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Singer Mateo Monk

The reggae artist hired to play at the marijuana legalization victory party referred to himself as a “ganja musician,” who considers marijuana an integral part of his art.

“You can say marijuana informs my music,” says Mateo Monk, adding that he did smoke before he arrived for his gig tonight.

The party may have played to its demographic’s musical stereotypes, but the pro-pot partygoers were in a potentially perilous spot Election Night—-despite the fact that Initiative 71 won overwhelmingly. As of 11 p.m., more than 64 percent of voters were in favor of the initiative, with 80 percent of precincts reporting.

A couple hundred of D.C.’s most zealous marijuana supporters were packed into the dark, dank basement of Meridian Pint in Columbia Heights, celebrating the presumed victory of the initiative that would legalize the possession of small amounts of pot. But by law, they couldn’t smoke. (The legislation wouldn’t legalize smoking in public.)

And, for appearance sake, it was important that they actually followed the existing laws. The legislation still has to make its way through Congress, and at least some of these federal politicians will use all the ammo they can to portray the initiative as one that’s about potheads trying to legalize a debilitating substance. Rep. Andy Harris, a Maryland Republican who tried to block D.C.’s decriminalization law through the appropriations process, has already vowed to do everything in his power to block this initiative from taking effect. (But Kentucky Sen. Rand Paul, who will be the head of the Government Affairs Subcommittee in a GOP-controlled Senate, says he would be against the federal government getting involved in marijuana legalization.)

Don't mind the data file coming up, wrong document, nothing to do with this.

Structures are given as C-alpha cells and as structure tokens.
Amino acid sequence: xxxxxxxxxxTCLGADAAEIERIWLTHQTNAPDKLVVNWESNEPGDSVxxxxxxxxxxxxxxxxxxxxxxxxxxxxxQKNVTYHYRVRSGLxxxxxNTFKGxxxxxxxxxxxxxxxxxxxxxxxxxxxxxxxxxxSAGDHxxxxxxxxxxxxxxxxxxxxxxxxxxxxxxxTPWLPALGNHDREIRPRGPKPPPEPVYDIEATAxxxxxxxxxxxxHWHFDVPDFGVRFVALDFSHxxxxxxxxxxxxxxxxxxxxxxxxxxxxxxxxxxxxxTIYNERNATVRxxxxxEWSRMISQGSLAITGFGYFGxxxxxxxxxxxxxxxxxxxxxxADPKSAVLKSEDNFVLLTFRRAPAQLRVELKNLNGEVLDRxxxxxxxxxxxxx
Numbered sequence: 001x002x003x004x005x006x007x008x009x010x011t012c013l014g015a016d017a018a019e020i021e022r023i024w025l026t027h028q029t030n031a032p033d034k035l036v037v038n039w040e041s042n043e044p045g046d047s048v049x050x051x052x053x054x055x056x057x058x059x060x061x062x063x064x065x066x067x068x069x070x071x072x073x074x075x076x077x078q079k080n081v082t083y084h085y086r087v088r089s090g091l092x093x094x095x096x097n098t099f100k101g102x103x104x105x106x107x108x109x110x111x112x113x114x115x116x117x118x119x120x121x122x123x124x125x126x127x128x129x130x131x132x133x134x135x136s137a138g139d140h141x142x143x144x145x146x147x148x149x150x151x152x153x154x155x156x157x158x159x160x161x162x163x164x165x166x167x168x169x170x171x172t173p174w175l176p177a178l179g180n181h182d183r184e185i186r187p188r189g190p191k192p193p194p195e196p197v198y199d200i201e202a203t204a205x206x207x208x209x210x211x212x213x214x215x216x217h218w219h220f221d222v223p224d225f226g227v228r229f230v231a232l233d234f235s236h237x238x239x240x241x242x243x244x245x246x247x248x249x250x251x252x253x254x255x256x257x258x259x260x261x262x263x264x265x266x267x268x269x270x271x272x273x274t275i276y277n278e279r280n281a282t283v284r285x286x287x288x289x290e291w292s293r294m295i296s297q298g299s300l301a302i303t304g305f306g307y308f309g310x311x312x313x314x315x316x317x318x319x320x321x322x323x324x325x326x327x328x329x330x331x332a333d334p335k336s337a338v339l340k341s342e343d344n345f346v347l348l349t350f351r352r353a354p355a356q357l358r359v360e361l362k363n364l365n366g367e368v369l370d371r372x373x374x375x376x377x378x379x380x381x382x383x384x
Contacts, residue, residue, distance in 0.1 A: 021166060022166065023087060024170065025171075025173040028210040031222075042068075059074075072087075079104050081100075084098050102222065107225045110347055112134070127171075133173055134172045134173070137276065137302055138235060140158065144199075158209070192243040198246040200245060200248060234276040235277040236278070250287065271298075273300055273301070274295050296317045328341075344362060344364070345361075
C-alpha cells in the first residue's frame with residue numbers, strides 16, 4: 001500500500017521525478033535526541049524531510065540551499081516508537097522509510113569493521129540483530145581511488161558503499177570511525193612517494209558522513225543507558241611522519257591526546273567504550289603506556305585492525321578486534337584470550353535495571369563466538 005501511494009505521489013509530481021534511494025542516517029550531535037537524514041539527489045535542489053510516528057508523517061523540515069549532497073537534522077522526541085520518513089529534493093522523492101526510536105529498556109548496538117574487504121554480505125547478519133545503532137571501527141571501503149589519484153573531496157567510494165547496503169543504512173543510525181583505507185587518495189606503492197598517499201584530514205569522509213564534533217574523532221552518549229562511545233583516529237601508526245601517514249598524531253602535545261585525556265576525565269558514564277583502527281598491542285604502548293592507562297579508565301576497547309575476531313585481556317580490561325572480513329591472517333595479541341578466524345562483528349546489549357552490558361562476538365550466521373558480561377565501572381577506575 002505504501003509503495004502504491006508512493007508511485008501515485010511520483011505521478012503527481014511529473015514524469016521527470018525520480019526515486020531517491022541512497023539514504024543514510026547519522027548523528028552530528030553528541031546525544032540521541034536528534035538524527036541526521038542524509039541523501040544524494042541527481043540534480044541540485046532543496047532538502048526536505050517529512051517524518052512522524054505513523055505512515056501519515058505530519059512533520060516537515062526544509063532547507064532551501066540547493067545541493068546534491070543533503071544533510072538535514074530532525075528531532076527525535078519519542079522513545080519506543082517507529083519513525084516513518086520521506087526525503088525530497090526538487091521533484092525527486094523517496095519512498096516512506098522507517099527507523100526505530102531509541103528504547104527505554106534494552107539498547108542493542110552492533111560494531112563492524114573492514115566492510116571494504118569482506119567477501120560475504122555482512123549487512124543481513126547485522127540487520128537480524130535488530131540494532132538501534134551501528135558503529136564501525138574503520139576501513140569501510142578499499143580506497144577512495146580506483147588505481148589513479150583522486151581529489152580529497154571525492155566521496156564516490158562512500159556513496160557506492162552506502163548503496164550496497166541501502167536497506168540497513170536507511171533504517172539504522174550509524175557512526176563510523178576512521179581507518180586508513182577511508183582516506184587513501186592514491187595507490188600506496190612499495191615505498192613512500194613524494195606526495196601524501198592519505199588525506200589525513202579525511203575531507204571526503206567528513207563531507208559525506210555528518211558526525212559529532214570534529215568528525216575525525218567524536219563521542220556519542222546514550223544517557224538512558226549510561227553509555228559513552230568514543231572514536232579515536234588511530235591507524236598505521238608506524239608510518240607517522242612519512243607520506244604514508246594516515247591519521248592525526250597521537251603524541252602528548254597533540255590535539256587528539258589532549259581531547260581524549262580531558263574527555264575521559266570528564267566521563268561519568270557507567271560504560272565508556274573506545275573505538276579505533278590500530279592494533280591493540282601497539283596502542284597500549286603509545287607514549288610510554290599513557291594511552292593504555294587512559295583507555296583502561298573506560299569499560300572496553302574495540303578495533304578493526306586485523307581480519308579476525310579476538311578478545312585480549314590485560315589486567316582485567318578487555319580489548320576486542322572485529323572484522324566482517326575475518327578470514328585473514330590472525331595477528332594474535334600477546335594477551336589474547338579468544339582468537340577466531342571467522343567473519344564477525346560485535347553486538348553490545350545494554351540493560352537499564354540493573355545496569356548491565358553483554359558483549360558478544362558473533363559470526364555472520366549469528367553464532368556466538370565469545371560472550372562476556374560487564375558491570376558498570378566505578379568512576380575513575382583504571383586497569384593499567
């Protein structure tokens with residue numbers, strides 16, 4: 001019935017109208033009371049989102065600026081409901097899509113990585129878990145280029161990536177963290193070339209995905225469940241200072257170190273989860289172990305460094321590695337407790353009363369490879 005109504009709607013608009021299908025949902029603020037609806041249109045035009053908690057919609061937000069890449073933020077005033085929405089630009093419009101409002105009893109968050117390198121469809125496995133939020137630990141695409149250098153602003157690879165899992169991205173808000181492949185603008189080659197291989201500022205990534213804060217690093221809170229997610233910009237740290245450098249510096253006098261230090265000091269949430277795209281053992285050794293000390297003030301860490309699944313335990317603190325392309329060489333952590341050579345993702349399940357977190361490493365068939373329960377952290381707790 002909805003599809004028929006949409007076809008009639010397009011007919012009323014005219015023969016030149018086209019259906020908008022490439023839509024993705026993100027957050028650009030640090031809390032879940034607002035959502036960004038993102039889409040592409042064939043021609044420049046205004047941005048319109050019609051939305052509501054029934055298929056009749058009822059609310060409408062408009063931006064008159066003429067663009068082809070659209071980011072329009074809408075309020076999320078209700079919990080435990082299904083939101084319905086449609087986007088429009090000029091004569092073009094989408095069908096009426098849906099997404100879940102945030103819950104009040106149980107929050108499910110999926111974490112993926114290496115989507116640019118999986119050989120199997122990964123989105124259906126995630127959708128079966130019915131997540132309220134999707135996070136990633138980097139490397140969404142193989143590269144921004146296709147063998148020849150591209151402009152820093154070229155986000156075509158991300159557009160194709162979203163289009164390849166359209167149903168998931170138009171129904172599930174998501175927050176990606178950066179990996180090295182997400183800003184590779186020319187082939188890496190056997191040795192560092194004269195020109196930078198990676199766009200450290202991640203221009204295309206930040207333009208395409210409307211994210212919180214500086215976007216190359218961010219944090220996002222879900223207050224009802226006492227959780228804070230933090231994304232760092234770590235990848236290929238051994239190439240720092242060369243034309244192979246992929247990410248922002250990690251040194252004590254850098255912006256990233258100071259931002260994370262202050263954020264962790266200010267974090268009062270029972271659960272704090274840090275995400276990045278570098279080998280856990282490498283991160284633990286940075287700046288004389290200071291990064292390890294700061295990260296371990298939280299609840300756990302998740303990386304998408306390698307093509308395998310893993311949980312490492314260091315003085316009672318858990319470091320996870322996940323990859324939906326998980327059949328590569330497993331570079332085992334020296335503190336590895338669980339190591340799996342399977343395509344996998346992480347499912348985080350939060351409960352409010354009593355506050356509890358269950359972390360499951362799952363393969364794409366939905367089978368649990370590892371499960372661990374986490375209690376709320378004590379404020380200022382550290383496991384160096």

“If there was a concentration of pot smokers, they’re right here, and they’re not smoking right now,” said Adam Eidinger, chair of the D.C. Cannabis Campaign, which was instrumental in getting the initiative on the ballot and leading it to victory. Eidinger and Council Chairman Phil Mendelson both said they think the legislation will face some hiccups, but will ultimately make it through Congress.

The largely young crowd (with the occasional long-haired, middle-aged bearded man) played it safe, crowding at least two deep around the bar at all times to purchase already legal booze. They cheered as the votes came in, giving Eidinger kudos when the early voting numbers showed them with more than 60 percent support. The party was likely the rowdiest of any D.C. election victory tonight, but it played out like any other night in a crowded Columbia Heights bar.

Eidinger and the group of volunteers ensured the message  was not about getting high, but rather about using marijuana legalization as means to ending a prohibition on a drug that lands a disproportionate amount of black men in jail.

“Let’s dedicate this to people still sitting in jail for marijuana,” Eidinger said during his victory speech, leading the crowd in a chant of “Bring them home.”

There was however, at least one table at the at-capacity Meridian Pint who seemed unsure of the message and mission of tonight’s gathering. A group from Virginia—-they were split on marijuana—-had unknowingly decided to dine downstairs at Meridian Pint and got stuck in a wave of people clad in pro-pot paraphernalia.

“It’s like a Seinfeld episode,” one of the women said. “We got stuck in the pot party.”

Photo by Perry Stein